Federal budget forgets families and First Nations: Bagnell

Financially strapped Yukon families won't get any help from the new, proposed federal budget, says Yukon MP Larry Bagnell.

Financially strapped Yukon families won’t get any help from the new, proposed federal budget, says Yukon MP Larry Bagnell.

Bagnell walked into Parliament for the budget announcement on Tuesday hoping to cross 18 wishes off his list.

But in the end there were three or four.

And they were only small, he said.

“It wasn’t nearly sufficient,” said Bagnell. “There were a lot of big things needed.”

There was very little money for childcare, students or seniors, he said.

“I don’t think Yukon families that are in a tight pinch for many reasons right now will feel any better after this particular budget,” he said. “There were some things for the North which were good but major items were missing.”

There was no money for programs and organizations that had to shut their doors when the Aboriginal Healing Foundation dried up. This affects the Committee for Abuse in Residential School – a Whitehorse drop-in for residential school survivors – which has been struggling month-to-month and has written numerous letters to territorial, First Nation and federal politicians.

“It was embarrassing, almost, that there was so little for aboriginal people,” said Bagnell. “Every budget in the past, no matter which party was in, had hundreds of millions of dollars for aboriginal catch-up and improvements to aboriginal programs. Here there was only about $30 million and a lot of it is for repairing oil tanks for diesel fuel in the communities.”

And while it doesn’t expire until next year, there was absolutely no mention about the Northern Health Accord, which is extremely important to all three territories as it pays for things like medevac expenses, said Bagnell.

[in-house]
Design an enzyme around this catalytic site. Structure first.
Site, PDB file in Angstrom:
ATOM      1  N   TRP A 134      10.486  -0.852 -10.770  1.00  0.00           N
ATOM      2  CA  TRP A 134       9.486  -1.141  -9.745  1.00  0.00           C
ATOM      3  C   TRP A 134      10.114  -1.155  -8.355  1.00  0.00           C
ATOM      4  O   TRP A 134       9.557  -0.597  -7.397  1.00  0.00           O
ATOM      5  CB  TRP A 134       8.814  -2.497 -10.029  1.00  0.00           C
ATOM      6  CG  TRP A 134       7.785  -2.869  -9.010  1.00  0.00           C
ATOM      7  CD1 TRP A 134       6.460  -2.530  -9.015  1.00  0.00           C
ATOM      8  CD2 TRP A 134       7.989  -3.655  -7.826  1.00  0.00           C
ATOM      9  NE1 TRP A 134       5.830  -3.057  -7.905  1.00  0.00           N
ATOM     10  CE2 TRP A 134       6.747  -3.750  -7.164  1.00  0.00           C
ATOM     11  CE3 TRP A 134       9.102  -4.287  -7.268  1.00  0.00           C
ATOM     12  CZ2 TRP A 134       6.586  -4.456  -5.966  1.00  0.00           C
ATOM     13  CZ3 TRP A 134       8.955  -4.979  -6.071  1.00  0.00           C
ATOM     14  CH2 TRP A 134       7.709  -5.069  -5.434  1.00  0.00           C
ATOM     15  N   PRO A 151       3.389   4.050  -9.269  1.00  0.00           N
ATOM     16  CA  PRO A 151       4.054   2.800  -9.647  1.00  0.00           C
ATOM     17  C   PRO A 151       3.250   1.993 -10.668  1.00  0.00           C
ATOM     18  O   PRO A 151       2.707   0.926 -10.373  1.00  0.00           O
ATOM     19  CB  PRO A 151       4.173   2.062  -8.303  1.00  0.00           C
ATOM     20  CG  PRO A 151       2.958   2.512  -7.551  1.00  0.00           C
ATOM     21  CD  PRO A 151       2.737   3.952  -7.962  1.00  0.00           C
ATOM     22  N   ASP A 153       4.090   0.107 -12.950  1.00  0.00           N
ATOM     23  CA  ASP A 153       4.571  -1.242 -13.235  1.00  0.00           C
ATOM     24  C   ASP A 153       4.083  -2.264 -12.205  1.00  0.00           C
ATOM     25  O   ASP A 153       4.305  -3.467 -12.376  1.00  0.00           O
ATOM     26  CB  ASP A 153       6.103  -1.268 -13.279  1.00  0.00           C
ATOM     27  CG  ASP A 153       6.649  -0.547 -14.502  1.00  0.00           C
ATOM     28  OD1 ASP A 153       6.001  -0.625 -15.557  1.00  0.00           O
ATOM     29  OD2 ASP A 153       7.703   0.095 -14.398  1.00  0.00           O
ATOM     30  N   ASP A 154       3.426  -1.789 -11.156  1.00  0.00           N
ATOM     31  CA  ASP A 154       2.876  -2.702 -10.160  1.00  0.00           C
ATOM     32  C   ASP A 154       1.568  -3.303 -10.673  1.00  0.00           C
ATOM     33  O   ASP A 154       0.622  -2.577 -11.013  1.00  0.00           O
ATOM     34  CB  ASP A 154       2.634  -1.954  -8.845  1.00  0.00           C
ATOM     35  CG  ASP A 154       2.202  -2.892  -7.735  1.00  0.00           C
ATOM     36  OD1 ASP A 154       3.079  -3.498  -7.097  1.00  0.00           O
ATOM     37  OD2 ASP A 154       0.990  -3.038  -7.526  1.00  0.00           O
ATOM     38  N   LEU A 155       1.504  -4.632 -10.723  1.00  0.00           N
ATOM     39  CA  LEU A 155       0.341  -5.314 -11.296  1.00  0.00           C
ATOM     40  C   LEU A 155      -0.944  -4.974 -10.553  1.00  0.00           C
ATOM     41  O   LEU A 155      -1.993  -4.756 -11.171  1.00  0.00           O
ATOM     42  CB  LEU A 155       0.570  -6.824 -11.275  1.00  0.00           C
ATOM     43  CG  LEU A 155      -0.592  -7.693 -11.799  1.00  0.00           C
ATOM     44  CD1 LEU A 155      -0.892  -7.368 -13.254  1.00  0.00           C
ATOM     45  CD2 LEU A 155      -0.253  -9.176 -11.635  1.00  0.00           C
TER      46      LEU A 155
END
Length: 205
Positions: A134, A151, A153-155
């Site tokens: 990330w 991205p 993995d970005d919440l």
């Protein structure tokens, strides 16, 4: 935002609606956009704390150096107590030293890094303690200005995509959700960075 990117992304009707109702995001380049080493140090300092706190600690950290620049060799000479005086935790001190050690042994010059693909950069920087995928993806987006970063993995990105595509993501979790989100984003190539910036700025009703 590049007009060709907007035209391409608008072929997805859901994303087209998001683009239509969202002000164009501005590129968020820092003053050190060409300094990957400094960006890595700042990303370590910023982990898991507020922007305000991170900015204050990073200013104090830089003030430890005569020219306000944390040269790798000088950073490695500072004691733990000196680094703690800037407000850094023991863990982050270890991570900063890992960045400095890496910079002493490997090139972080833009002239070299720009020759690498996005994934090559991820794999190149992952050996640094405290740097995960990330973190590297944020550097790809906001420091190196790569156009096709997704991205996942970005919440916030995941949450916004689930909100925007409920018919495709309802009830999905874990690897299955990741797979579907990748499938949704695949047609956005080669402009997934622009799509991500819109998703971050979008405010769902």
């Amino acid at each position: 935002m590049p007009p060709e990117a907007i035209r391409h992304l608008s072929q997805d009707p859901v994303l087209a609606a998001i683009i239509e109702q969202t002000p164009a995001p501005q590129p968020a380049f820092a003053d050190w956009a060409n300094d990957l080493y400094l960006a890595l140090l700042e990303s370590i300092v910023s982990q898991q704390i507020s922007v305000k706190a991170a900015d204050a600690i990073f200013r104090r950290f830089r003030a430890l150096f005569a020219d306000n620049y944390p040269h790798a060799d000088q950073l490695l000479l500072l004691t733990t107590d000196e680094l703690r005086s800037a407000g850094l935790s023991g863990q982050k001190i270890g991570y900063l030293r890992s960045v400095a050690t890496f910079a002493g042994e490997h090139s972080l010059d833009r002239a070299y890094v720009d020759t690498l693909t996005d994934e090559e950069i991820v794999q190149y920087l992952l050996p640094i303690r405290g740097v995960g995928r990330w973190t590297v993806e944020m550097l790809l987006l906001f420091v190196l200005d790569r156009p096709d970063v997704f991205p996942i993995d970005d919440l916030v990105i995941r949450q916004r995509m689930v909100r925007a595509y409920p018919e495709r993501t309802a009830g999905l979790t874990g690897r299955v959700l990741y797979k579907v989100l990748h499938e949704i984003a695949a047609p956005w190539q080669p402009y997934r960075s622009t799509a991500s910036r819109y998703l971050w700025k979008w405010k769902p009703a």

Some things that did make the budget, for the North specifically, include finishing the Dempster Highway all the way to the Arctic Ocean, from Inuvik to Tuktoyaktuk.

And $4 million, over two years, will go to the Northern Pipeline Agency so it can consult with northern First Nations about the Alaska Highway gas pipeline.

Nine million dollars was tagged for adult literacy and education in northern colleges and universities, and $4.2 million will go to judges and prosecutors in Nunavut.

Two projects stood out as excellent expenses, said Bagnell.

They are the $8 million for northern aboriginal clean energy projects and the $400 million across the country to extend the Eco-energy Retrofit Homes program that offers rebates to energy-efficient homes.

All across Canada, climate change adaptation programs were set to expire in a few days. They have been given $58 million.

And the exploration tax credit for mining companies in the territory was also set to expire, but after Bagnell spoke directly with Finance Minister Jim Flaherty, the program has been extended for one more year.

But even with these positives, Bagnell confirmed that his party would not be supporting the bill.

“What makes the budget a little suspect is that they didn’t even talk about the biggest items,” said Bagnell. “Billions of dollars for jails, the $30 billion for fighter jets, the $6 billion for corporate tax cuts. They didn’t talk about that in their speech at all.”

And it doesn’t sound like any of the other opposition parties will be supporting the budget either, he said.

The Harper government only needs one opposition party to support the budget in order to pass it and stave off an election.

But that seems highly doubtful, said Bagnell.

“It’s likely that Friday might be the day when the government will fall,” he said.

The budget rang in with total spending at $278.7 billion – which includes $33 billion in debt payments.

The total debt is gauged at $586 billion, up nearly $30 billion from last year.

The projected deficit is standing at $29.6 billion, with hopes of a balanced budget by 2015.

Contact Roxanne Stasyszyn at


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